PRESTONSBURG – Many families continue to deal with drug addiction daily in Eastern Kentucky. Several resources are available in Eastern Kentucky and Floyd County to seek help in conquering drug addiction. Many individuals convicted of a drug-related crime are court ordered to participate in the Intense Substance Abuse Program. Jarod Hall, from Harold, is required by Probation and Parole to attend the ISAP classes offered by Mountain Comprehensive Care. He gives credit to the ISAP program, the counselors and support from his family for saving his life and helping him battle addiction.
Hall is currently on probation and enrolled in the ISAP program. He was convicted of manufacturing methamphetamine.
“There was a time when I felt out of control and I believe I was addicted to the process of making meth more than actually using meth,” said Hall.
Dealing with the struggles of addiction caused Hall to lose custody of his two children. His parents and in-laws at the time were available to assume custody rather than the Cabinet for Health and Family Services. Hall credits the ISAP’s strict rules and supportive counselors as two major factors in the success of his recovery.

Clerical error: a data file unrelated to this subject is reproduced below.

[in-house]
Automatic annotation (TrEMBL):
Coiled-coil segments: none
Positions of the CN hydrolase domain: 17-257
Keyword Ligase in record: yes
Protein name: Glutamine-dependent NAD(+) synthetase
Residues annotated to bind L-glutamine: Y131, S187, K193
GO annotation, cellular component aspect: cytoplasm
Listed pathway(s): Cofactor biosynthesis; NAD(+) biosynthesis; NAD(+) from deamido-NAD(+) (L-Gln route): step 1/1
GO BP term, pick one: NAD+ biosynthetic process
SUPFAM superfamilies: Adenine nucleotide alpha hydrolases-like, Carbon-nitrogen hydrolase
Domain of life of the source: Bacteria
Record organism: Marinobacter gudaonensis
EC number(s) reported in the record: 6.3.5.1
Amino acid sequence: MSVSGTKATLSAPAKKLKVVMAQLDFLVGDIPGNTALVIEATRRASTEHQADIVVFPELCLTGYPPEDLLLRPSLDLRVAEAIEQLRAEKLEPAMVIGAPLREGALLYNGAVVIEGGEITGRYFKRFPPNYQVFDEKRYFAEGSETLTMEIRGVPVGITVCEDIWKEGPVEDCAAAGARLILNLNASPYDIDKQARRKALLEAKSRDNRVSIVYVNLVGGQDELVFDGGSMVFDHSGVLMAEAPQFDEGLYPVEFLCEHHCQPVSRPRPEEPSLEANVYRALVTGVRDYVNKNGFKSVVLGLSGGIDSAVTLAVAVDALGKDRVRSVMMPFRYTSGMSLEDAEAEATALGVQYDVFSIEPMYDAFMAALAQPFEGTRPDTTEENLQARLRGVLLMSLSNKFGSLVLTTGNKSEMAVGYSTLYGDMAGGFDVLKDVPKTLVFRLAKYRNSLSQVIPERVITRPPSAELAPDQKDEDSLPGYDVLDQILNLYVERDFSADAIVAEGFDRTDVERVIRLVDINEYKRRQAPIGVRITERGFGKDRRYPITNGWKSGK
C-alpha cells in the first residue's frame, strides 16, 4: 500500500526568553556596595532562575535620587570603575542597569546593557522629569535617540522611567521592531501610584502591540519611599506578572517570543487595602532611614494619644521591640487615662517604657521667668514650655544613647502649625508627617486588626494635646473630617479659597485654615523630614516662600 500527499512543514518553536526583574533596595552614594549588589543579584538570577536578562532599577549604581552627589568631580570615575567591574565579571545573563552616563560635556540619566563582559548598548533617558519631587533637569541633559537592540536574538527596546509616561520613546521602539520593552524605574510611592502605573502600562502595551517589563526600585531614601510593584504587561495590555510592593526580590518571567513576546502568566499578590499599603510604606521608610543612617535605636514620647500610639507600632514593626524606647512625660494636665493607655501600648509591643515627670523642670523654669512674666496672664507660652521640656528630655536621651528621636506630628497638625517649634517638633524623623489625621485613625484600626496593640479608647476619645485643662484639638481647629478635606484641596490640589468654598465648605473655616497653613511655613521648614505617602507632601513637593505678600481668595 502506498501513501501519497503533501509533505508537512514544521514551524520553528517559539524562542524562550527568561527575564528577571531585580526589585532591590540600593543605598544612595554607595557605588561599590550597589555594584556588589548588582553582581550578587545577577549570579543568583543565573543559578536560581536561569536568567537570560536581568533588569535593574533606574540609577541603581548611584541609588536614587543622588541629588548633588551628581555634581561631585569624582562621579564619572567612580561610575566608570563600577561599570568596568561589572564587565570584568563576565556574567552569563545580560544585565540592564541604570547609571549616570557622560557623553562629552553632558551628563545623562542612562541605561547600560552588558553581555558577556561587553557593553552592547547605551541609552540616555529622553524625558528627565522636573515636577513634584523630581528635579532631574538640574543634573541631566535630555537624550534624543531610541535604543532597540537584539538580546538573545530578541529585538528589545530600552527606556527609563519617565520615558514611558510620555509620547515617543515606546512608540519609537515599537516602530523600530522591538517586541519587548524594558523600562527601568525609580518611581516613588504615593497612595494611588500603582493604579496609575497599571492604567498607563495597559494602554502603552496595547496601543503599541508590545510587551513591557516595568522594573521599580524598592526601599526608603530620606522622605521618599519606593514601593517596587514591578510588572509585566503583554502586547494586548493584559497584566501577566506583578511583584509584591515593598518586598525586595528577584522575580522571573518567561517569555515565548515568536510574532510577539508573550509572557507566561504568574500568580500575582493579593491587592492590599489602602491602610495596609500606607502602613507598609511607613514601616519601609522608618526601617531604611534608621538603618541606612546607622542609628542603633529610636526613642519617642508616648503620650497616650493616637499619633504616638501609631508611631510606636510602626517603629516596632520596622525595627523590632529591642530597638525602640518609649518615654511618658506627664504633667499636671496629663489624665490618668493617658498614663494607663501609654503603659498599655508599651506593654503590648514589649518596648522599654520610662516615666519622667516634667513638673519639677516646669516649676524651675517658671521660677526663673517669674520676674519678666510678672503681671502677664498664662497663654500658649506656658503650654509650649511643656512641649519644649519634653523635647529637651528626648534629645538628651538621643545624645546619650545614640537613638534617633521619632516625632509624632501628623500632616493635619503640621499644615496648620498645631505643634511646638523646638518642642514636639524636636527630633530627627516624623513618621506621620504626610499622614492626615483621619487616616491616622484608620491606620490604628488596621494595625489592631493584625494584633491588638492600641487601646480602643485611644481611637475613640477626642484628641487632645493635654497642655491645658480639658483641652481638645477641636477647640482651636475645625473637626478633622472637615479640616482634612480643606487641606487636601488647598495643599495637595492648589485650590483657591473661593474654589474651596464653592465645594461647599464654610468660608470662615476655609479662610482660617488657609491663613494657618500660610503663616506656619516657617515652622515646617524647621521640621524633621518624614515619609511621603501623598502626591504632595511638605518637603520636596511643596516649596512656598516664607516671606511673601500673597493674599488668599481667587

Wesley Bryant, ISAP counselor at Mountain Comprehensive Care, said participants in ISAP must spend six to 20 hours a week participating.
ISAP consists of three phases. Phase one is for three months, with participants going to three classes a week and passing one drug test a week. Phase two is for two months. Participants in the second phase must come to class two sessions a week and pass two drug tests every month. Phase three is for one month. The third phase consists of one class session a month and one clean drug test a month.
The program is for 60 months with participants going to 56 ISAP classes total. If a participant misses two classes, they are kicked out of the program.
“This program forces individuals to look at themselves in a positive way,” said Bryant. “It gives participants a chance to be proud of themselves once again by giving them a second chance.”
The mandatory classes help participants develop coping skills to deal with whatever problems they may have or had that caused them to fall victim to addiction. Learning coping strategies helps prevent relapse.
“I think ISAP has helped me stay accountable for my actions. It keeps me honest with myself because the alternative is jail,” said Hall. “The counselors have been supportive of me with their confidence in me to make positive decisions that affect not only myself, but also my wife, Jenna, our unborn child, and my son and daughter. I want to be a man they can be proud of and ISAP is helping me to accomplish that.”
Individuals who participate in the program are typically convicted of a felony offense and have been referred by either the court system or Probation and Parole.
Andrea Saddler is a reporter for The Floyd County Times. She can be reached at (606) 886-8506.